We walked down the streets of Khalidiya, but the destruction was so large scale that you couldn’t have the big picture from the point of view on the street—you could only manage it with a view from above. To make this image, I asked a Syrian soldier in charge of the area if I could climb onto a ruin. The soldier agreed, allowing me to climb at my own risk. I climbed up the ruins of a former house—which was full of improvised explosive devices—and took the picture.
1st Place in People. Photograph and caption by Mia Collis / 2018 National Geographic Photo Contest. I was looking to do a series of portraits showing people wearing their Sunday best when I made this photo of David Muyochokera. It was taken on his last Sunday working as a photographer at Weekend Studio, in Kibera—a large shantytown in Nairobi, Kenya.
My friend Peter, a local resident, had pointed me to the photo studio just as I was about to leave the area. It was a stunning space, with whimsical backdrops and natural light coming through the doorway. David had worked there for 37 years, but Weekend Studio was about to close permanently. Phone cameras were so common now, he said, and fewer people wanted studio portraits. David planned to retire and return home to the countryside. I was troubled by the studio’s imminent closure, so I eventually took over the rent. A portrait of David now hangs at Weekend Studio in his memory.
2nd Place in People. Photograph and caption by Todd Kennedy / 2018 National Geographic Photo Contest. On a family holiday driving from Sydney to Uluru, we stopped at a roadside motel in the small rural township of Nyngan, on the edge of Australia’s outback. The area is in the wheat belt, and it was unusually hot for that time of year—over a hundred degrees Fahrenheit and very dusty. Our daughter, Genie, is seen here enjoying a refreshing bath in a rubber ducky perched on the sink.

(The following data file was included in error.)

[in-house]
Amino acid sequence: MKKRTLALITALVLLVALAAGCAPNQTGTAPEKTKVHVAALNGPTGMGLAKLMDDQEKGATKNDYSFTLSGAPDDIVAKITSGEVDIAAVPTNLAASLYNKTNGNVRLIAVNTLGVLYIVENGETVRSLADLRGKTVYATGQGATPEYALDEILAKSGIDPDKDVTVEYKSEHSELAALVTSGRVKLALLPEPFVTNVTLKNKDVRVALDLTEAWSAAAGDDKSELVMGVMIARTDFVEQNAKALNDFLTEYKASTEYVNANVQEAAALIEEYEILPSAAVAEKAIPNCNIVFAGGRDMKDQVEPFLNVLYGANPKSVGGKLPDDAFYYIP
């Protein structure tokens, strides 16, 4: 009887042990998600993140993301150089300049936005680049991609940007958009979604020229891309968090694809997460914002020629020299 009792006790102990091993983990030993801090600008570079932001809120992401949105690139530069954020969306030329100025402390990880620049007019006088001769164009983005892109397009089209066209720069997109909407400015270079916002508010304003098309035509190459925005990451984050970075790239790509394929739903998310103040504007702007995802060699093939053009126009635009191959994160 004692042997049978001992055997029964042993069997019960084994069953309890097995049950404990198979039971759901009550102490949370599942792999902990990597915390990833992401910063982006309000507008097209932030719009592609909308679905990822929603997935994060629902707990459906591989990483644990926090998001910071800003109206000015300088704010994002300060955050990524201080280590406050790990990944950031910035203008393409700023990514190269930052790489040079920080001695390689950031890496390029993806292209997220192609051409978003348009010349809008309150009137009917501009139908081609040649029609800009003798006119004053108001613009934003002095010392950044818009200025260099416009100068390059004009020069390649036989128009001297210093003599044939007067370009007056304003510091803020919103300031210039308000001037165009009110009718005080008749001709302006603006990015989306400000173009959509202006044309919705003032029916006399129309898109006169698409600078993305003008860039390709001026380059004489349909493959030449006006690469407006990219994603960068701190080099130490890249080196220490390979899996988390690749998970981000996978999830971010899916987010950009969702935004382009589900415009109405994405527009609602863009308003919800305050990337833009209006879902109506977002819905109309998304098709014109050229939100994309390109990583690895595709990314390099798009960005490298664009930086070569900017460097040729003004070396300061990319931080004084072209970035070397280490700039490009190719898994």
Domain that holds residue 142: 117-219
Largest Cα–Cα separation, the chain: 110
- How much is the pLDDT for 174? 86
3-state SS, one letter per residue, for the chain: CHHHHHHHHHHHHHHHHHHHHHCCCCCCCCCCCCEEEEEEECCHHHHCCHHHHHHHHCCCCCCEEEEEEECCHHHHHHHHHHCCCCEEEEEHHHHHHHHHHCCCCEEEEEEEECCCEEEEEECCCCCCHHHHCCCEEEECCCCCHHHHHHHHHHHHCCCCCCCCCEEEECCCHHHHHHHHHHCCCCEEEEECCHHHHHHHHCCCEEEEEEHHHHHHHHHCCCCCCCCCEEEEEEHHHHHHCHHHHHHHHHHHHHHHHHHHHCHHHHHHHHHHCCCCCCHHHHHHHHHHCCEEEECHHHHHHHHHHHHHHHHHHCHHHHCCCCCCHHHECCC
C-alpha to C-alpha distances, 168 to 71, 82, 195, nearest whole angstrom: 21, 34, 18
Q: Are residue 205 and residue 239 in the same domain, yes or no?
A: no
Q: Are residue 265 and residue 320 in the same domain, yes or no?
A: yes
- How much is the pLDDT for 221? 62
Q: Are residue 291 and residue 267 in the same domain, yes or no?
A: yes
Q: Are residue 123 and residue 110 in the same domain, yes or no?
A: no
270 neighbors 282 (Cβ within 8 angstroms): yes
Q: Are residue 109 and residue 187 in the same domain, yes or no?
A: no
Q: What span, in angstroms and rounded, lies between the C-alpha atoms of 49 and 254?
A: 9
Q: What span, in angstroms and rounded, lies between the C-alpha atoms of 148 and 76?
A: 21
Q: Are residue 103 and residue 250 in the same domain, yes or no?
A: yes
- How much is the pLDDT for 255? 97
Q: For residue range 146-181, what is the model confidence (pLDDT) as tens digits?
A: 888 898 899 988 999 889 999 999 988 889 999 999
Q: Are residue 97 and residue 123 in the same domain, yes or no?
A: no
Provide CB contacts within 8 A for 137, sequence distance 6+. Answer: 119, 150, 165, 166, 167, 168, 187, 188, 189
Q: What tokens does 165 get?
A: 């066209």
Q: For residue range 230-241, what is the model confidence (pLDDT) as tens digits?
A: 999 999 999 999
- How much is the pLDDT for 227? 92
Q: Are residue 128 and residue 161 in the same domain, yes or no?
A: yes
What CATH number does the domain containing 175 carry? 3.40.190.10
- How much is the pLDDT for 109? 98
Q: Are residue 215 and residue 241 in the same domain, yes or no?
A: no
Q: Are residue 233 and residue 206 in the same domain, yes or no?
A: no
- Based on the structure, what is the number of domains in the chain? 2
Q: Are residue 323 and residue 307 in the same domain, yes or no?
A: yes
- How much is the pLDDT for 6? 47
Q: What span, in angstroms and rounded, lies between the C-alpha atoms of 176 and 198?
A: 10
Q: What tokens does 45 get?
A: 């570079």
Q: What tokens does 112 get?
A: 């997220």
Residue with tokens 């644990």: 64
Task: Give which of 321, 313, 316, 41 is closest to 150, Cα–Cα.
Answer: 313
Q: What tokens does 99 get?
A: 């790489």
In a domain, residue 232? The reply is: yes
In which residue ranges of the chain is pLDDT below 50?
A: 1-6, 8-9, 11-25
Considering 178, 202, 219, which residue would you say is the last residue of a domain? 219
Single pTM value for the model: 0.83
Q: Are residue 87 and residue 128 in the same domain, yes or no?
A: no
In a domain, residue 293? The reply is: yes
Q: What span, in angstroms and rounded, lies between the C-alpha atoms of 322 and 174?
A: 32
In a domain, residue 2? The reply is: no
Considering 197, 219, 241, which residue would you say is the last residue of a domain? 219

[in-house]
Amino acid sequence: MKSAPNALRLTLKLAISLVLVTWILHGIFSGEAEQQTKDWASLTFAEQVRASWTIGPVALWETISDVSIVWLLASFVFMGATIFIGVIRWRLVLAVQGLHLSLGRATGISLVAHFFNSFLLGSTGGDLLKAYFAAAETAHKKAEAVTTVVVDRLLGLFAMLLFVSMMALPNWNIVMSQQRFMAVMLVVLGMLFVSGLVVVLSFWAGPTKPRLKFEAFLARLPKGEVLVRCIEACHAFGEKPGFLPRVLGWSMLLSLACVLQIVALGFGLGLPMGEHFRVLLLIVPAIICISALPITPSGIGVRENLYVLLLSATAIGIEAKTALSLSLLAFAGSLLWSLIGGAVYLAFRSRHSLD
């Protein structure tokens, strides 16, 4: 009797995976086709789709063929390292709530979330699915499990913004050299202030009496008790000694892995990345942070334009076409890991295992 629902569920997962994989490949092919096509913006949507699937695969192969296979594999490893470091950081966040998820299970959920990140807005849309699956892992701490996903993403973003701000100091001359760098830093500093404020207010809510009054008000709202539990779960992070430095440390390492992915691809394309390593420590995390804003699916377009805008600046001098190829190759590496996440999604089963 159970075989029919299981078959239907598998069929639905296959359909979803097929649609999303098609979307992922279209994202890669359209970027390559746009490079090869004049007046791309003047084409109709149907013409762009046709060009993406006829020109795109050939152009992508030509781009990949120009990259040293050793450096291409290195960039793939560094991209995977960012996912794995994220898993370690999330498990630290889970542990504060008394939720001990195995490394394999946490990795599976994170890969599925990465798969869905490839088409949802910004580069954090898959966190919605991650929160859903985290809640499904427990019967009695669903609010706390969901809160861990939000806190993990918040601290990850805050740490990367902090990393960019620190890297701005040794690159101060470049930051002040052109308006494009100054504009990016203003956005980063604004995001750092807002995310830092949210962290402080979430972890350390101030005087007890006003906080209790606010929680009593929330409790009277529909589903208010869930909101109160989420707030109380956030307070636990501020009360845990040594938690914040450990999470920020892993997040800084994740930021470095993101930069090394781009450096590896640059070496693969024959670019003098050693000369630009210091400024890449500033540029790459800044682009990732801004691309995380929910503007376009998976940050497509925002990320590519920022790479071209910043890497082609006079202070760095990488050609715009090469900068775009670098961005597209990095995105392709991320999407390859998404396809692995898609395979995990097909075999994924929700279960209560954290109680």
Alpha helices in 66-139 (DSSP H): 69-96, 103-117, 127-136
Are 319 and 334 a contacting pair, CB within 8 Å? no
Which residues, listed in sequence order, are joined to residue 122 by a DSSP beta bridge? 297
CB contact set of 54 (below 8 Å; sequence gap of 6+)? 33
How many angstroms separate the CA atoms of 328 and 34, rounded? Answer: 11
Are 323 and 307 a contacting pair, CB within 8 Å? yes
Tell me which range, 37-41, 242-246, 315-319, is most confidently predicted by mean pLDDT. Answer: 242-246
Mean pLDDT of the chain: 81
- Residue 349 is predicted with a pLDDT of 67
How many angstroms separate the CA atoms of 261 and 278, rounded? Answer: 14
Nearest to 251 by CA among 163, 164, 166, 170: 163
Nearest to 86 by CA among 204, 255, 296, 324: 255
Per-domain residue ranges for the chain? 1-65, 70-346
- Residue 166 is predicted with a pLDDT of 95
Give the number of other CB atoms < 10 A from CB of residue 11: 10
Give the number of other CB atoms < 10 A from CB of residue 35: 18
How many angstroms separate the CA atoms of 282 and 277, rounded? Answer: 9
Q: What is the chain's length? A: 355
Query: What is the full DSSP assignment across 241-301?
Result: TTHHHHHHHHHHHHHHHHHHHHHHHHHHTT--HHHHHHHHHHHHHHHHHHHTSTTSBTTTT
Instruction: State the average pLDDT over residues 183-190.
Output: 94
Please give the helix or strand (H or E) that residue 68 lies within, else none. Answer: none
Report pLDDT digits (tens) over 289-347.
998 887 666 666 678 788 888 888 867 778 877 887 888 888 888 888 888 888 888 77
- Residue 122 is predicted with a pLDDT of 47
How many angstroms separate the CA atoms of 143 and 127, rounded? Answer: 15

3rd Place in People. Photograph and caption by Avishek Das / 2018 National Geographic Photo Contest. A Hindu devotee kisses his newborn baby during the Charak Puja festival in West Bengal, India. Traditional practice calls for the devotee to be pierced with a hook and sometimes swung from a rope. This painful sacrifice is enacted to save their children from anxiety. While covering the festival, I was able to view the religious practice from the perspective of Hindu devotees. I tried to capture the moment of love and bonding between a father and his child—and show a father’s concern for his little son.
The winners of the 2018 National Geographic Photo Contest have been announced, with Australian photographers Nick Moir, Todd Kennedy and Alison Langevad recognised in the prestigious competition.
With more than 10,000 entries received in 2018, the overall winner, Jassen Todorov, was honored with the top prize for his photo “Unreal,” which shows thousands of recalled cars sitting in a desert juxtaposed with a commercial airliner.
Nick Moir, Chief Photographer at The Sydney Morning Herald & Co-Founder of the Oculi Collective, won second place in the places category, with his image of a rusting Ford Thunderbird blanketed by red dust from a supercell thunderstorm in Ralls, Texas.
Sydney-based photographer Todd Kennedy, a previous winner of the travel category in our own Photographer of the Year competition, was runner-up in the people category with an image of his daughter, Genie.
Finally Queensland photographer Alison Langevad took out third place in the wildlife category, with an image of two southern white rhinoceroses drinking from a watering hole in South Africa’s Zimanga Game Reserve.
You can see a selection of all the winners and runners-up in the gallery above.